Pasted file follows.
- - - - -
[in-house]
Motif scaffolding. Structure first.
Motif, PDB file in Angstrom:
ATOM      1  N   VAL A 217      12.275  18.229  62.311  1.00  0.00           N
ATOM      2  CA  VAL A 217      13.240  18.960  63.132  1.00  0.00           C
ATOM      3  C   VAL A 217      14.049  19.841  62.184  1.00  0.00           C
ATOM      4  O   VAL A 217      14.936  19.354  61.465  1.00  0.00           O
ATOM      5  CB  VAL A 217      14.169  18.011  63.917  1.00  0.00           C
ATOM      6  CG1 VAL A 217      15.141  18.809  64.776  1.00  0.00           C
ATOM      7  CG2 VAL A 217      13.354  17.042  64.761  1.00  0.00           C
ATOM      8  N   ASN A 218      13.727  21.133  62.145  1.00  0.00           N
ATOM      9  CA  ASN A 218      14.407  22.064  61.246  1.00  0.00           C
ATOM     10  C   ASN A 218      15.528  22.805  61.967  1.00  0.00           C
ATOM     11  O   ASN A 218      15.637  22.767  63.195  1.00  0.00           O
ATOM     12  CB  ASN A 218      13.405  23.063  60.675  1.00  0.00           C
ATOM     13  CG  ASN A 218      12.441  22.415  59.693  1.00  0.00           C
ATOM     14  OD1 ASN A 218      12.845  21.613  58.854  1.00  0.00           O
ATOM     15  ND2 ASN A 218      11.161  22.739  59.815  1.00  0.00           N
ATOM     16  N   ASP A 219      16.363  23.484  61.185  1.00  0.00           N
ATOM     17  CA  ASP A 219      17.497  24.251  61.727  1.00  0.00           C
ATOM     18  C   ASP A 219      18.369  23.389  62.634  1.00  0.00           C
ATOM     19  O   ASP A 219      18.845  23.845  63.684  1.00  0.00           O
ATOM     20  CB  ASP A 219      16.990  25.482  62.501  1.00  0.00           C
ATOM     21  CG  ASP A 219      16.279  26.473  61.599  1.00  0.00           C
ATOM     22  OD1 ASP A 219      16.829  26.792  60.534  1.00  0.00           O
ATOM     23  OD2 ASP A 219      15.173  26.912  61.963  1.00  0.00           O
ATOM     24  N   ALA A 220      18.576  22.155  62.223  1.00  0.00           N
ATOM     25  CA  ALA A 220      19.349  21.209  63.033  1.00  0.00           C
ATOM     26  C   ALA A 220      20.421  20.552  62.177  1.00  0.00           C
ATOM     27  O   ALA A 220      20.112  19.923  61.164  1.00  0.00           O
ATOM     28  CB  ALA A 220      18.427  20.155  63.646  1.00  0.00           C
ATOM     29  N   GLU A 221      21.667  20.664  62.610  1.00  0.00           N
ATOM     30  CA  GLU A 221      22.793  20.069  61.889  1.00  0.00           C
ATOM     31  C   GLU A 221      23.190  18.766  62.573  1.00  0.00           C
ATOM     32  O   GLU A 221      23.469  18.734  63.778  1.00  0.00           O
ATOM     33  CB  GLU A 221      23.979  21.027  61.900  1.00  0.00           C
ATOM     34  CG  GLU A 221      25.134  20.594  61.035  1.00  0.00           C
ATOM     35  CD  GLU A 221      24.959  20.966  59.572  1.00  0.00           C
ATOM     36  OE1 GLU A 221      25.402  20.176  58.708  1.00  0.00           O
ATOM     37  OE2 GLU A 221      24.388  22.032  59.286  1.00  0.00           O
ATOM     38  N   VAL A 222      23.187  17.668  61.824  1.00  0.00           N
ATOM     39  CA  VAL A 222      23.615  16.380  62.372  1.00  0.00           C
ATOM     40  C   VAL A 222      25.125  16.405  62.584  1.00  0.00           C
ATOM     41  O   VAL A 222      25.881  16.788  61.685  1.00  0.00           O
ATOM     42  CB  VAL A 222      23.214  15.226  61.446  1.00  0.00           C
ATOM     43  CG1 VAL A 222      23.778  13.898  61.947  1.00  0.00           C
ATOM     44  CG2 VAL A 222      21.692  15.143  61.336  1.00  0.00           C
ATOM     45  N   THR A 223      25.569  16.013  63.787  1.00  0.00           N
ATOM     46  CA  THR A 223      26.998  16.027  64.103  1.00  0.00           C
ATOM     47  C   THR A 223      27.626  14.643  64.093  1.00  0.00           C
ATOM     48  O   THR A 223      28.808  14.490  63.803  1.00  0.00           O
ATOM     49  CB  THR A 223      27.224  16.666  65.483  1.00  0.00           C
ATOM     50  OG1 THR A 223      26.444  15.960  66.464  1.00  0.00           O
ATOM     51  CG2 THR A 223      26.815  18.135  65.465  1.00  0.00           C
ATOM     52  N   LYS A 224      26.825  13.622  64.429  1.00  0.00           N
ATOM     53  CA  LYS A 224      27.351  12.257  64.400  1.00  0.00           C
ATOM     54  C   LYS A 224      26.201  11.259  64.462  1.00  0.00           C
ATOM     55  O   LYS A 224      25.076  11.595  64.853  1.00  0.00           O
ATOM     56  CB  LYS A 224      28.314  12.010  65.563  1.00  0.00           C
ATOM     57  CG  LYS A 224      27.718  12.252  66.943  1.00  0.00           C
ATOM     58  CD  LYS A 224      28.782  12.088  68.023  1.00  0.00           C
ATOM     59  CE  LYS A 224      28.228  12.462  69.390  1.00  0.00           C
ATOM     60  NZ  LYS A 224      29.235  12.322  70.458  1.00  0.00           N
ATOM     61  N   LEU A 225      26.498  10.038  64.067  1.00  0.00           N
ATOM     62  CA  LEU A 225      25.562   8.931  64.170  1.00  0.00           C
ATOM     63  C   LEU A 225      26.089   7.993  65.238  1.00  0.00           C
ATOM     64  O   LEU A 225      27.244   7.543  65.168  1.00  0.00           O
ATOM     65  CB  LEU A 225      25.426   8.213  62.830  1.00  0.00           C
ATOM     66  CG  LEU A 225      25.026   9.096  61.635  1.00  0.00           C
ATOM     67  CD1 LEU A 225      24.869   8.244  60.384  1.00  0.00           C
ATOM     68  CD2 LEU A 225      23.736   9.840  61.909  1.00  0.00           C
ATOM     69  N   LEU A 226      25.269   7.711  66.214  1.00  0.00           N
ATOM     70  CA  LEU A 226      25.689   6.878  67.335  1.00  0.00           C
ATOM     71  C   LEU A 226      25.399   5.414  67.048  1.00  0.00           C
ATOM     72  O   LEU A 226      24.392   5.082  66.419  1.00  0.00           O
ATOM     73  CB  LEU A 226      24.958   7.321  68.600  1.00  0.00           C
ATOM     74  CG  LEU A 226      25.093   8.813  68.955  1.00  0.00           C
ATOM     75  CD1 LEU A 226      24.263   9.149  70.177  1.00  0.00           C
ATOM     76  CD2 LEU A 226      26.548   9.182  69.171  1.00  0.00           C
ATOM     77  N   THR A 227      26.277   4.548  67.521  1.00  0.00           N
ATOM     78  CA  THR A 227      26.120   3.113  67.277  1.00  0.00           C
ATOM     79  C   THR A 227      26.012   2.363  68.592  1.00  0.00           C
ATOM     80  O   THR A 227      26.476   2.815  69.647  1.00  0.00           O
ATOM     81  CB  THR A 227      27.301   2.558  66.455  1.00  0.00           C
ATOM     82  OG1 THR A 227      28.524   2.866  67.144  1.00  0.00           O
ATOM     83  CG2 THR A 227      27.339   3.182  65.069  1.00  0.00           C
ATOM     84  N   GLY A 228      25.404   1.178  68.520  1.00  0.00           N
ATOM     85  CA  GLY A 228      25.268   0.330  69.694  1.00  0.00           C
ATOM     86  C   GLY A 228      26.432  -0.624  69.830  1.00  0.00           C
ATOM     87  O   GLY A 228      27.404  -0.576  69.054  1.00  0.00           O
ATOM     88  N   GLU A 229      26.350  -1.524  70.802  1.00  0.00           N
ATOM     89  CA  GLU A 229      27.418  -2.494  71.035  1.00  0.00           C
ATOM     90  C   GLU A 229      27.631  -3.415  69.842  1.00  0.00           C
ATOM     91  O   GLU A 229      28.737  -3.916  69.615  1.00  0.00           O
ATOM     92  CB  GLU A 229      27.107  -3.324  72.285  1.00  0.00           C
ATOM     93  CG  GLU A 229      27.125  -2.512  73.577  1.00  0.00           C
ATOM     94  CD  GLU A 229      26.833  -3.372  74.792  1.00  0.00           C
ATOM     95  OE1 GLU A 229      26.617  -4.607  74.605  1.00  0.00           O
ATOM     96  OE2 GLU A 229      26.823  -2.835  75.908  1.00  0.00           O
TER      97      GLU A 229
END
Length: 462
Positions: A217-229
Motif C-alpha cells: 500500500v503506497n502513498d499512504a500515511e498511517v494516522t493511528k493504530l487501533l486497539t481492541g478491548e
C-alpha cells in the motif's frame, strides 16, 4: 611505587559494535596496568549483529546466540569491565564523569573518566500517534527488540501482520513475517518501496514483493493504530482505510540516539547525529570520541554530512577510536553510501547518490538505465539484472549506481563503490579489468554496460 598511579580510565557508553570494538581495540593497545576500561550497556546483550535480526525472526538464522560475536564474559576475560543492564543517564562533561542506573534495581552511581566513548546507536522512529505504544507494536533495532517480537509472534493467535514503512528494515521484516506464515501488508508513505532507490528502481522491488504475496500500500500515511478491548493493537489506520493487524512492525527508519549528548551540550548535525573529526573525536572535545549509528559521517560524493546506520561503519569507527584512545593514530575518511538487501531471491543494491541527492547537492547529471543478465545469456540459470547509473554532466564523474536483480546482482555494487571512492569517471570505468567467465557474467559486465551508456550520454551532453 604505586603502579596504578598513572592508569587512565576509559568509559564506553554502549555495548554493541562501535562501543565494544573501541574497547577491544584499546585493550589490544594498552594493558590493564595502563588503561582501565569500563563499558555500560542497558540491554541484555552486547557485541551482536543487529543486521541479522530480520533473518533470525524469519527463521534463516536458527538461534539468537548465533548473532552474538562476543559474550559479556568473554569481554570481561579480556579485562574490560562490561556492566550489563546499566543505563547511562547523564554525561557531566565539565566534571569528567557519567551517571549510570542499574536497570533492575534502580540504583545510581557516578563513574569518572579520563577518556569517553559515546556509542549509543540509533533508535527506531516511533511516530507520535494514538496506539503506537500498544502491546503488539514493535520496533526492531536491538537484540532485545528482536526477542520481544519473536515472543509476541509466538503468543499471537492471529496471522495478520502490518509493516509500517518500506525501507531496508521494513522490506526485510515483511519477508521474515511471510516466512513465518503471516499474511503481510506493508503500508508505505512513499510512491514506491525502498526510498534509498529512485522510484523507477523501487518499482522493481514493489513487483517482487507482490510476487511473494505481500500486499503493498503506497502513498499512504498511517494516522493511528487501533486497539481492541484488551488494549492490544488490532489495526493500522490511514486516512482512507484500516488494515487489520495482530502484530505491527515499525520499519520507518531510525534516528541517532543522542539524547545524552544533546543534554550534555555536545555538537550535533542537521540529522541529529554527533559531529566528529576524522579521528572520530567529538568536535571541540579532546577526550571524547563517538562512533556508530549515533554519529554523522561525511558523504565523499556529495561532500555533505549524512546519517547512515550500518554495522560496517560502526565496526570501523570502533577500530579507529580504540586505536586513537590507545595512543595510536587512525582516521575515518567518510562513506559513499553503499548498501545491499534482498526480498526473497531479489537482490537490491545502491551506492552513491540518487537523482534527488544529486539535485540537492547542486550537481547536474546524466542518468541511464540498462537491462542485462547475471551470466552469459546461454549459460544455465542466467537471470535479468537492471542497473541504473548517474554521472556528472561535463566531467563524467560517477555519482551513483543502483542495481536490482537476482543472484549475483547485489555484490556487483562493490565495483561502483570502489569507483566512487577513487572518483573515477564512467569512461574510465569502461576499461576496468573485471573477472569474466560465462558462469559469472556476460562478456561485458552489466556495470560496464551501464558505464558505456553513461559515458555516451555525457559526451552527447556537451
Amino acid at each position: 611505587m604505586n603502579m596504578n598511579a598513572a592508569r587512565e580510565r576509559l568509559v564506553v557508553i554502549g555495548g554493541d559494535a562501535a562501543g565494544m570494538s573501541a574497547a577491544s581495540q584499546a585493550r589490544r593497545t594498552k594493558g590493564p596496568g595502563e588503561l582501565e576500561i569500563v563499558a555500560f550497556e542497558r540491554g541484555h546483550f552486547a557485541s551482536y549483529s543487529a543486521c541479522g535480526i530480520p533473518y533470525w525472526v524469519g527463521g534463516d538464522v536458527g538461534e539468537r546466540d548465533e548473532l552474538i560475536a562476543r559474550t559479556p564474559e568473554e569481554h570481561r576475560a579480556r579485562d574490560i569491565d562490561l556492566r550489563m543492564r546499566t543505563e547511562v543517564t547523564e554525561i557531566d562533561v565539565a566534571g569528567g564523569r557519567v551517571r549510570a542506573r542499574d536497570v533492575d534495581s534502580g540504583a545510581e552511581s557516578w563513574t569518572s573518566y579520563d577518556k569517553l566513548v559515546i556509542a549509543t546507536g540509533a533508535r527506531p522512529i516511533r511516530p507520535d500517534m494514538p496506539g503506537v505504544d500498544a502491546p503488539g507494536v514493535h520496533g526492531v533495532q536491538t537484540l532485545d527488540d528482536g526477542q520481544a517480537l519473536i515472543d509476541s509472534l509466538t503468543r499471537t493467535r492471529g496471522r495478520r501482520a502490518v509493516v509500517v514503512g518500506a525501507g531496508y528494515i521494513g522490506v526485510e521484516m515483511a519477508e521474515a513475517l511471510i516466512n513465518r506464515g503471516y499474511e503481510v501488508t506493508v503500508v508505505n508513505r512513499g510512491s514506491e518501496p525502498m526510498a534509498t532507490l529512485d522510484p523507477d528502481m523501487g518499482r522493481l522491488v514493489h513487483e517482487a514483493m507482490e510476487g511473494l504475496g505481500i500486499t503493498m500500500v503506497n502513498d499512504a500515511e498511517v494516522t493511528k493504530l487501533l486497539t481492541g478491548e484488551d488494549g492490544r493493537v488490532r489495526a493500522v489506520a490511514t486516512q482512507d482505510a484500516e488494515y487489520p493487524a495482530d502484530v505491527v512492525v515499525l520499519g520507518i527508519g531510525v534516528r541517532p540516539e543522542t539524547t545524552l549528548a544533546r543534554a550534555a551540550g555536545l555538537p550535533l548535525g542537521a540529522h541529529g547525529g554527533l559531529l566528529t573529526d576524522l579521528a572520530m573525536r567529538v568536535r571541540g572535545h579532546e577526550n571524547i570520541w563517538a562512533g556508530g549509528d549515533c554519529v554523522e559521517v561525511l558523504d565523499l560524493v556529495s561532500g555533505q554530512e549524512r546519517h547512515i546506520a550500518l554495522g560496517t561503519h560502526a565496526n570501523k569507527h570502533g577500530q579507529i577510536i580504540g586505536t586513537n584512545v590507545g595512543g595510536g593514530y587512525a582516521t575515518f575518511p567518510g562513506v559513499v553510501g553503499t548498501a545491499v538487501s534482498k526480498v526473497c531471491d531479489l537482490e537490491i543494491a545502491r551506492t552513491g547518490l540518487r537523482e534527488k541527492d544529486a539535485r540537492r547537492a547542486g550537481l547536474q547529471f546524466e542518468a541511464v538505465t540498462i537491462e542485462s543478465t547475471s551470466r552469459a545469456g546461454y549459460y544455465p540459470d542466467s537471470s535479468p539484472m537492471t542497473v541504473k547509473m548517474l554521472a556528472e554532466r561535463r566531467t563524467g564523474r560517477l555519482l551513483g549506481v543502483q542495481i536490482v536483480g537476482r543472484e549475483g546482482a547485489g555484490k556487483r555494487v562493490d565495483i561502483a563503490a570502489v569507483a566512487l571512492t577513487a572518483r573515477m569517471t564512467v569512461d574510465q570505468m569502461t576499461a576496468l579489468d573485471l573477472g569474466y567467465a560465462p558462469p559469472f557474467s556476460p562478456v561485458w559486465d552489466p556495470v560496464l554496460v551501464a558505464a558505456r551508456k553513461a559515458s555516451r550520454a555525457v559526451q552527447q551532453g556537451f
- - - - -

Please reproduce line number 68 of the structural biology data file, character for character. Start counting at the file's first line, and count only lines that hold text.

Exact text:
ATOM     65  CB  LEU A 225      25.426   8.213  62.830  1.00  0.00           C